How to format your references using the Journal of Hazardous Materials citation style

This is a short guide how to format citations and the bibliography in a manuscript for Journal of Hazardous Materials. For a complete guide how to prepare your manuscript refer to the journal's instructions to authors.

Using reference management software

Typically you don't format your citations and bibliography by hand. The easiest way is to use a reference manager:

PaperpileThe citation style is built in and you can choose it in Settings > Citation Style or Paperpile > Citation Style in Google Docs.
EndNoteDownload the output style file
Mendeley, Zotero, Papers, and othersThe style is either built in or you can download a CSL file that is supported by most references management programs.
BibTeXBibTeX syles are usually part of a LaTeX template. Check the instructions to authors if the publisher offers a LaTeX template for this journal.

Journal articles

Those examples are references to articles in scholarly journals and how they are supposed to appear in your bibliography.

Not all journals organize their published articles in volumes and issues, so these fields are optional. Some electronic journals do not provide a page range, but instead list an article identifier. In a case like this it's safe to use the article identifier instead of the page range.

A journal article with 1 author
T.C. Lubensky, LIQUID CRYSTALS: New Banana Phases, Science. 288 (2000) 2146–2147.
A journal article with 2 authors
P. Aussillous, D. Quéré, Liquid marbles, Nature. 411 (2001) 924–927.
A journal article with 3 authors
C. Külheim, J. Agren, S. Jansson, Rapid regulation of light harvesting and plant fitness in the field, Science. 297 (2002) 91–93.
A journal article with 4 or more authors
R.B. Jones, A. Gordus, J.A. Krall, G. MacBeath, A quantitative protein interaction network for the ErbB receptors using protein microarrays, Nature. 439 (2006) 168–174.

Books and book chapters

Here are examples of references for authored and edited books as well as book chapters.

An authored book
A.G. Ramm, N.S. Hoang, Dynamical Systems Method and Applications, John Wiley & Sons, Inc., Hoboken, NJ, 2011.
An edited book
A. Garro, ed., Early Childhood Assessment in School and Clinical Child Psychology, Springer, New York, NY, 2016.
A chapter in an edited book
S.C. Finley, “We Needed Both of Them”: The Continuing Relevance of Rev. Albert B. Cleage Jr.’s (Jaramogi Abebe Agyeman’s) Radical Interpretations of Martin Luther King Jr. and Malcolm X in Scholarship and Black Protest Thought, in: J.E. Clark (Ed.), Albert Cleage Jr. and the Black Madonna and Child, Palgrave Macmillan US, New York, NY, 2016: pp. 59–76.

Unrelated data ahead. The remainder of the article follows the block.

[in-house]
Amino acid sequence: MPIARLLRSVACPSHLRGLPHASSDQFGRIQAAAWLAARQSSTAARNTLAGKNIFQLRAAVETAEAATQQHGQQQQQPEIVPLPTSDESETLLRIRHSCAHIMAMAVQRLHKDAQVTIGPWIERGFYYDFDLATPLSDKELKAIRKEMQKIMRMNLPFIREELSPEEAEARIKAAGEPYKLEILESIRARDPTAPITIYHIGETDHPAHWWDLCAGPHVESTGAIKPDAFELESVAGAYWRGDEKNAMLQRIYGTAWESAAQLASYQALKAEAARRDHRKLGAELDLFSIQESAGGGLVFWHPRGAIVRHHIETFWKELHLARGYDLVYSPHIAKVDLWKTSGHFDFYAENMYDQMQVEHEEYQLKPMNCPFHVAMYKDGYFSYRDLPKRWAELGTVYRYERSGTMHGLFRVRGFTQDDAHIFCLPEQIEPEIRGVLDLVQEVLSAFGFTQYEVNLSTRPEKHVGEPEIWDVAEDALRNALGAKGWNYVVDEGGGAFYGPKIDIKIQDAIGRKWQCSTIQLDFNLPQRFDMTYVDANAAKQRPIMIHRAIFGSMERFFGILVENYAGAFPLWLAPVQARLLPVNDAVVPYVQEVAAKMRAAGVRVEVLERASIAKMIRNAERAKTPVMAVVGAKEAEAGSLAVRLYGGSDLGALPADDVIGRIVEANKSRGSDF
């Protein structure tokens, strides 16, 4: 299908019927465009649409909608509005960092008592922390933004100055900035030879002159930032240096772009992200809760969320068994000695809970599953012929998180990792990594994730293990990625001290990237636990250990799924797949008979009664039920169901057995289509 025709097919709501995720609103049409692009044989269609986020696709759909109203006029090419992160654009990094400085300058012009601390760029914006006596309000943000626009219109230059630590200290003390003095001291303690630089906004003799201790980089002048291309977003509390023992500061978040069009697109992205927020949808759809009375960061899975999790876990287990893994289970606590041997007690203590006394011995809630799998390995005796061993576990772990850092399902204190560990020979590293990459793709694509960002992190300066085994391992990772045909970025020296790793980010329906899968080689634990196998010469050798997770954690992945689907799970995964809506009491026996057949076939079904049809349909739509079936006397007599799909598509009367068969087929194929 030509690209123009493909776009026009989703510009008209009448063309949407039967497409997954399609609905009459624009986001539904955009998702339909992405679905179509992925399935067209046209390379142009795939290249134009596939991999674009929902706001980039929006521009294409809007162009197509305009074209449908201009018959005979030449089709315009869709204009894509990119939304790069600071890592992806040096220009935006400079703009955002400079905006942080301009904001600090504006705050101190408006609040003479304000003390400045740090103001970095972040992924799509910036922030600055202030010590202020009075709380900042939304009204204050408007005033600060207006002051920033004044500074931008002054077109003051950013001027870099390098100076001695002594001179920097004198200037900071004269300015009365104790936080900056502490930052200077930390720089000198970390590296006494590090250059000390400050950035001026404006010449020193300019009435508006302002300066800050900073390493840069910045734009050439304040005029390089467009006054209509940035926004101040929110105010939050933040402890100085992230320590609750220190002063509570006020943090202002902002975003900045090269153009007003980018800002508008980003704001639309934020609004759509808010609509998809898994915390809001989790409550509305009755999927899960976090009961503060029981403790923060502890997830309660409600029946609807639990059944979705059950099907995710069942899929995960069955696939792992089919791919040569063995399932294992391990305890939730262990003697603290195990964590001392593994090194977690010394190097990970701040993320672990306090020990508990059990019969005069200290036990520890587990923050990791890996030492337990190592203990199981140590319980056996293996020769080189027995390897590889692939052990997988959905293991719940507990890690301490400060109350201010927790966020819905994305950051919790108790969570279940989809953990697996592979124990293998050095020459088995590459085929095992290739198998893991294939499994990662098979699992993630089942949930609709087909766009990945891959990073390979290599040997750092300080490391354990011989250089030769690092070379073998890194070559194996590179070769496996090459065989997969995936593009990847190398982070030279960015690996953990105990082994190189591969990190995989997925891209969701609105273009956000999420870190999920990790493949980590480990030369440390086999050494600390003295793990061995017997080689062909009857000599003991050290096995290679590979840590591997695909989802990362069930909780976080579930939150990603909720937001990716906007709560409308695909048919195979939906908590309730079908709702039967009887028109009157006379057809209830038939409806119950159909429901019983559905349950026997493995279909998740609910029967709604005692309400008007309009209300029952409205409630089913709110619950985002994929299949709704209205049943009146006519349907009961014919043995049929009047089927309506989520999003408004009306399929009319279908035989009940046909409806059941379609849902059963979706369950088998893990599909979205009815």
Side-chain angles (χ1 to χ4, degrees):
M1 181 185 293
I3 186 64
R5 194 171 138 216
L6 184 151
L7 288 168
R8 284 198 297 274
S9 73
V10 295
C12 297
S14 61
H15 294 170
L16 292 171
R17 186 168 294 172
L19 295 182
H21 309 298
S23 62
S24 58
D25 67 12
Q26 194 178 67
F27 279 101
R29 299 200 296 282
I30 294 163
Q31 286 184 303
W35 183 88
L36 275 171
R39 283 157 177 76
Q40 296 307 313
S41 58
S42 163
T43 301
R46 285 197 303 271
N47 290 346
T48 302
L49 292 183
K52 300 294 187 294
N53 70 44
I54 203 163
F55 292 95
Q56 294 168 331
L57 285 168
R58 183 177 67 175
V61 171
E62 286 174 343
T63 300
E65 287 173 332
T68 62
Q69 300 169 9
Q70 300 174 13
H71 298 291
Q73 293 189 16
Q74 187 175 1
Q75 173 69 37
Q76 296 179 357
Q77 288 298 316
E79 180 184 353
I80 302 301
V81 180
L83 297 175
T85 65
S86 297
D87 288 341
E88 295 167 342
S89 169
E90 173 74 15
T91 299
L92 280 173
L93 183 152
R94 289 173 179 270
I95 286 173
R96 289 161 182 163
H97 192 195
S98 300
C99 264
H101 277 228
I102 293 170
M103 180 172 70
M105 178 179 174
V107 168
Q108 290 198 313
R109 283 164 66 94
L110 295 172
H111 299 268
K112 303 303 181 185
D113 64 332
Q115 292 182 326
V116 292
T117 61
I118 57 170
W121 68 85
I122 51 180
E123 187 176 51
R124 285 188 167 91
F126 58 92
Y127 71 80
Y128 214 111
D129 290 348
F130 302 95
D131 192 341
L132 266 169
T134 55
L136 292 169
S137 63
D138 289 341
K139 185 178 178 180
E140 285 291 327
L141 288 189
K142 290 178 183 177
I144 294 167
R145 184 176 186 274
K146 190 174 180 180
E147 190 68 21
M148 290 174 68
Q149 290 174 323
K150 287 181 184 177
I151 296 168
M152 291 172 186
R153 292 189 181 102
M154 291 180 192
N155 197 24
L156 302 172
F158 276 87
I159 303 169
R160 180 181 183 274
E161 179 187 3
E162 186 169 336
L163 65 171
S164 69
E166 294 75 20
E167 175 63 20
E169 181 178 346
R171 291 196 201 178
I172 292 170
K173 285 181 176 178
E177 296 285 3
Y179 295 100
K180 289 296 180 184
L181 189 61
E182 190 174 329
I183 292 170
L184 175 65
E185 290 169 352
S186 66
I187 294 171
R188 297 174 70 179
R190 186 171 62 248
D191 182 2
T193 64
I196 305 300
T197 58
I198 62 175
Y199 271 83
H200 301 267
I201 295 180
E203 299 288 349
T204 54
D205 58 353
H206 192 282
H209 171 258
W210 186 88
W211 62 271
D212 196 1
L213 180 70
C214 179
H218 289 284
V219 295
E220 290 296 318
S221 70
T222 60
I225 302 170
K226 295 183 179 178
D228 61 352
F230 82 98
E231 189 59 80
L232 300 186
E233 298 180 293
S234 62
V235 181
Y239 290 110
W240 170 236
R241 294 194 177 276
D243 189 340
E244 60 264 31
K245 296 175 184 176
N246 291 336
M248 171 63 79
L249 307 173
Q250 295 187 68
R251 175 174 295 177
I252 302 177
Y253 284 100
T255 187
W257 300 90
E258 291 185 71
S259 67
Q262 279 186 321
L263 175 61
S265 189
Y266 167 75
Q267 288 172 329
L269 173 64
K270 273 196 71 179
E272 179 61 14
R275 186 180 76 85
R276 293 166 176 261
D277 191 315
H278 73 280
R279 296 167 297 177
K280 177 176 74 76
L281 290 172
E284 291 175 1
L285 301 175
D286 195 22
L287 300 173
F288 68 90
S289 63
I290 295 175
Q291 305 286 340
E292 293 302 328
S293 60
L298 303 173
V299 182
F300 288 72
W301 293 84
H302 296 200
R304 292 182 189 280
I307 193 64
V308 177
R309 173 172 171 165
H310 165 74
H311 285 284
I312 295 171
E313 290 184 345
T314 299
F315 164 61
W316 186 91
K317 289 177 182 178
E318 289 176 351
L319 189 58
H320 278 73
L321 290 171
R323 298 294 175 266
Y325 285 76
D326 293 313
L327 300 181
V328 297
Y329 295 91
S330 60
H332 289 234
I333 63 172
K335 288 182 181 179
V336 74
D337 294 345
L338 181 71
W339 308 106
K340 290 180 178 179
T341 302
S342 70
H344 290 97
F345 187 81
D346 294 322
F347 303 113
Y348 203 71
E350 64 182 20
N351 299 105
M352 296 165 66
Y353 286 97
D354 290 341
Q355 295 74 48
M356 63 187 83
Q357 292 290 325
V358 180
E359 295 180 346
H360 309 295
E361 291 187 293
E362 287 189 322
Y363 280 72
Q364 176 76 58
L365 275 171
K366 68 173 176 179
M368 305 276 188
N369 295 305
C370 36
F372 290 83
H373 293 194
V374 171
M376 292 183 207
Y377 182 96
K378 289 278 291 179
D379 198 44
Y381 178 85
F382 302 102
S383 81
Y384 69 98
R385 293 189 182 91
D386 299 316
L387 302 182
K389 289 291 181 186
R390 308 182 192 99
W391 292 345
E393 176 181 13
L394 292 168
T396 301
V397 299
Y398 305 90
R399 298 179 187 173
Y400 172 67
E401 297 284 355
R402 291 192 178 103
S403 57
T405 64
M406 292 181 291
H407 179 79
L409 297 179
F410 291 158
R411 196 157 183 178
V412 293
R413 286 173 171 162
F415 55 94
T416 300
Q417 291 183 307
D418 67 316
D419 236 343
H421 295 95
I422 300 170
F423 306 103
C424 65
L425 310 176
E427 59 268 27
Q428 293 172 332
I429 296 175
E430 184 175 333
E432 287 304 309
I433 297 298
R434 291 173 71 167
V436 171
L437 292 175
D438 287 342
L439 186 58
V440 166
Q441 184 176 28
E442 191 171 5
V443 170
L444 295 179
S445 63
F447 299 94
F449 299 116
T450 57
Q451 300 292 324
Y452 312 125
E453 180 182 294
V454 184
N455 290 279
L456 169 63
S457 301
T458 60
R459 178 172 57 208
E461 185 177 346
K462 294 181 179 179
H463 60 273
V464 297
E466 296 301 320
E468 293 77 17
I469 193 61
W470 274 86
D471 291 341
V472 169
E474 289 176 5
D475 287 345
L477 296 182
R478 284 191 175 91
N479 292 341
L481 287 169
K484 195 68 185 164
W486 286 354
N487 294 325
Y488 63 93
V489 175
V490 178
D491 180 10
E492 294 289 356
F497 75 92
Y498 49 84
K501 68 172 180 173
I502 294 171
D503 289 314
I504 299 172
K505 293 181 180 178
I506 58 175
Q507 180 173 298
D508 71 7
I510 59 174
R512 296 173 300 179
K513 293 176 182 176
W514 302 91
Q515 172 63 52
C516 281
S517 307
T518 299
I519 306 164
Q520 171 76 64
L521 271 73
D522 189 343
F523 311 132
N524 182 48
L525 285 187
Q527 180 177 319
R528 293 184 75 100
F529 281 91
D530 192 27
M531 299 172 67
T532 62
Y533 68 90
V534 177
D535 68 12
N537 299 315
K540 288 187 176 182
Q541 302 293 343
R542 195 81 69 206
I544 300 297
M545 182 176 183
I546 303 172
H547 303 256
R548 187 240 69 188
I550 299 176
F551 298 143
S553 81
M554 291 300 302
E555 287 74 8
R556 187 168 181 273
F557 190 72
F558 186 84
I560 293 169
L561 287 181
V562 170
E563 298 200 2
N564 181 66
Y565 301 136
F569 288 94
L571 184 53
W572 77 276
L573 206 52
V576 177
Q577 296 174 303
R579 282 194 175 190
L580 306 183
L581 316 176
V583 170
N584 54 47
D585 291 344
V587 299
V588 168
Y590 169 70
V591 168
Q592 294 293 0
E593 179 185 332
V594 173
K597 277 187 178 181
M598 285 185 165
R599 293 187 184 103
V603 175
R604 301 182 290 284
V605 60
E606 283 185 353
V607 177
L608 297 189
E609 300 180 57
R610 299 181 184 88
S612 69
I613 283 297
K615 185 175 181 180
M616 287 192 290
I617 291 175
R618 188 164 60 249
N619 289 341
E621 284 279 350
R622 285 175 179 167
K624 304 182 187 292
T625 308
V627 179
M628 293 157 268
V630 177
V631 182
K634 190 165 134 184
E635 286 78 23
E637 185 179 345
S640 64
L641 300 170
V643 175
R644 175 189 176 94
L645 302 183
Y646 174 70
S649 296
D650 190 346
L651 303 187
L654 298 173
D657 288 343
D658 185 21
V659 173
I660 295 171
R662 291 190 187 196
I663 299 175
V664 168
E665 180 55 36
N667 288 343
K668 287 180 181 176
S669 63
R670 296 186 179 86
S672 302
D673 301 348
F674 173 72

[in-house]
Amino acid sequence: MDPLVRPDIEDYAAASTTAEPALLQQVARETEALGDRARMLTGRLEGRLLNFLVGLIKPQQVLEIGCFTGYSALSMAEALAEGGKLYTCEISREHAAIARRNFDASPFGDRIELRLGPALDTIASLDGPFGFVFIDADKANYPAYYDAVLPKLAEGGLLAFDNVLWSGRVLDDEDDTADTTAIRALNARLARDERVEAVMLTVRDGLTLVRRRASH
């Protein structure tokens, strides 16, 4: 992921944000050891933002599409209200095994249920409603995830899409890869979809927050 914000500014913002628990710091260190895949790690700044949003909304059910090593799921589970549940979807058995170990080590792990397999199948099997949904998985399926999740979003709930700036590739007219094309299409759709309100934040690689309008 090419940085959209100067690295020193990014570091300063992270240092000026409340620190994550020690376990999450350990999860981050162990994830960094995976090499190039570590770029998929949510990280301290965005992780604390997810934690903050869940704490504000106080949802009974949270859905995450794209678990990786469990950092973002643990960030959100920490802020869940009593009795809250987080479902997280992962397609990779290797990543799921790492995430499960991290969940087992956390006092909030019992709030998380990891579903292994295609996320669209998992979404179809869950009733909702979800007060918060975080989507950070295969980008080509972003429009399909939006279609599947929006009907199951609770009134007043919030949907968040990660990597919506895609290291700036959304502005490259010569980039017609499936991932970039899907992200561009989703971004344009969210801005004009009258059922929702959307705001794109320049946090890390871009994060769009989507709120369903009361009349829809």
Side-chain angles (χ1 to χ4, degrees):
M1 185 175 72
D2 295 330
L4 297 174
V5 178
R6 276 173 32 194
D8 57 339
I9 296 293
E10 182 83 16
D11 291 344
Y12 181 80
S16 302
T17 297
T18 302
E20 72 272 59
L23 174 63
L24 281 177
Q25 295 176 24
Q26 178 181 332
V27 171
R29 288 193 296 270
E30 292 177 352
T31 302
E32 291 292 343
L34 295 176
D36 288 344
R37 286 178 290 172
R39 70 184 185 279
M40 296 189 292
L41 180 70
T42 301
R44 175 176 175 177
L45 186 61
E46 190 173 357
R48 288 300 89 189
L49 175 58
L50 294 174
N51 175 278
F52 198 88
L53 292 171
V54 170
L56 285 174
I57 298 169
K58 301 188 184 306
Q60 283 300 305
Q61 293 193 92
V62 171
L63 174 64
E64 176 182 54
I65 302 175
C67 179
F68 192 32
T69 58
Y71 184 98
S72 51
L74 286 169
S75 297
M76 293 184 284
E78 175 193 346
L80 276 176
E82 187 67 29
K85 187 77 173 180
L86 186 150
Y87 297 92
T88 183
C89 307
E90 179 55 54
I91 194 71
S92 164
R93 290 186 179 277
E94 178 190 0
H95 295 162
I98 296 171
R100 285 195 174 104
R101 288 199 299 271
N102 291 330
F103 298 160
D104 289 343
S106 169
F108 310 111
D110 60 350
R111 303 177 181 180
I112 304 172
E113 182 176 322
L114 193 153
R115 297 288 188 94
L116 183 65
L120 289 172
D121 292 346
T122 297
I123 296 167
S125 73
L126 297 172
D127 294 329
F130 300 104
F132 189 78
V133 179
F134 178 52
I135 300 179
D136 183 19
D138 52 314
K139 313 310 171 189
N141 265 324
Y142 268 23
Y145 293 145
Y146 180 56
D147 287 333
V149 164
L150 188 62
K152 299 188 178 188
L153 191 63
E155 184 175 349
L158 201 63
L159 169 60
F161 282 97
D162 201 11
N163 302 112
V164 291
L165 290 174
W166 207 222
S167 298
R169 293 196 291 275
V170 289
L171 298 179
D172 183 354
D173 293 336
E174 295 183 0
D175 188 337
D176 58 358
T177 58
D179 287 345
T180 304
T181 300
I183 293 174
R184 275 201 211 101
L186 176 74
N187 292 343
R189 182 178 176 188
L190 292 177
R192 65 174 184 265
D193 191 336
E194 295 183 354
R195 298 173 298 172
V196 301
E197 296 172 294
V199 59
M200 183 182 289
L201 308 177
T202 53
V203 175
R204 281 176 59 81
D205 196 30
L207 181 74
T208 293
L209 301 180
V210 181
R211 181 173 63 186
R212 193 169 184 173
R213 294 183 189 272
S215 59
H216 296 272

Web sites

Sometimes references to web sites should appear directly in the text rather than in the bibliography. Refer to the Instructions to authors for Journal of Hazardous Materials.

Blog post
S. Luntz, Most Americans Support Childhood Vaccines, IFLScience. (2017). (accessed October 30, 2018).


This example shows the general structure used for government reports, technical reports, and scientific reports. If you can't locate the report number then it might be better to cite the report as a book. For reports it is usually not individual people that are credited as authors, but a governmental department or agency like "U. S. Food and Drug Administration" or "National Cancer Institute".

Government report
Government Accountability Office, Air Traffic Control: Computer Capacity Shortfalls May Impair Flight Safety, U.S. Government Printing Office, Washington, DC, 1989.

Theses and dissertations

Theses including Ph.D. dissertations, Master's theses or Bachelor theses follow the basic format outlined below.

Doctoral dissertation
M.A. Tubbs, The use of hand-constructed graphs in Microcomputer-Based Laboratories for kinematics instruction, Doctoral dissertation, California State University, Long Beach, 2014.

News paper articles

Unlike scholarly journals, news papers do not usually have a volume and issue number. Instead, the full date and page number is required for a correct reference.

New York Times article
J.B. Stewart, Feel Optimistic About the Booming Market? Then Read at Your Own Risk, New York Times. (2017) B1.

In-text citations

References should be cited in the text by sequential numbers in square brackets:

This sentence cites one reference [1].
This sentence cites two references [1,2].
This sentence cites four references [1–4].

About the journal

Full journal titleJournal of Hazardous Materials
AbbreviationJ. Hazard. Mater.
ISSN (print)0304-3894
ScopeEnvironmental Chemistry
Environmental Engineering
Health, Toxicology and Mutagenesis
Waste Management and Disposal

Other styles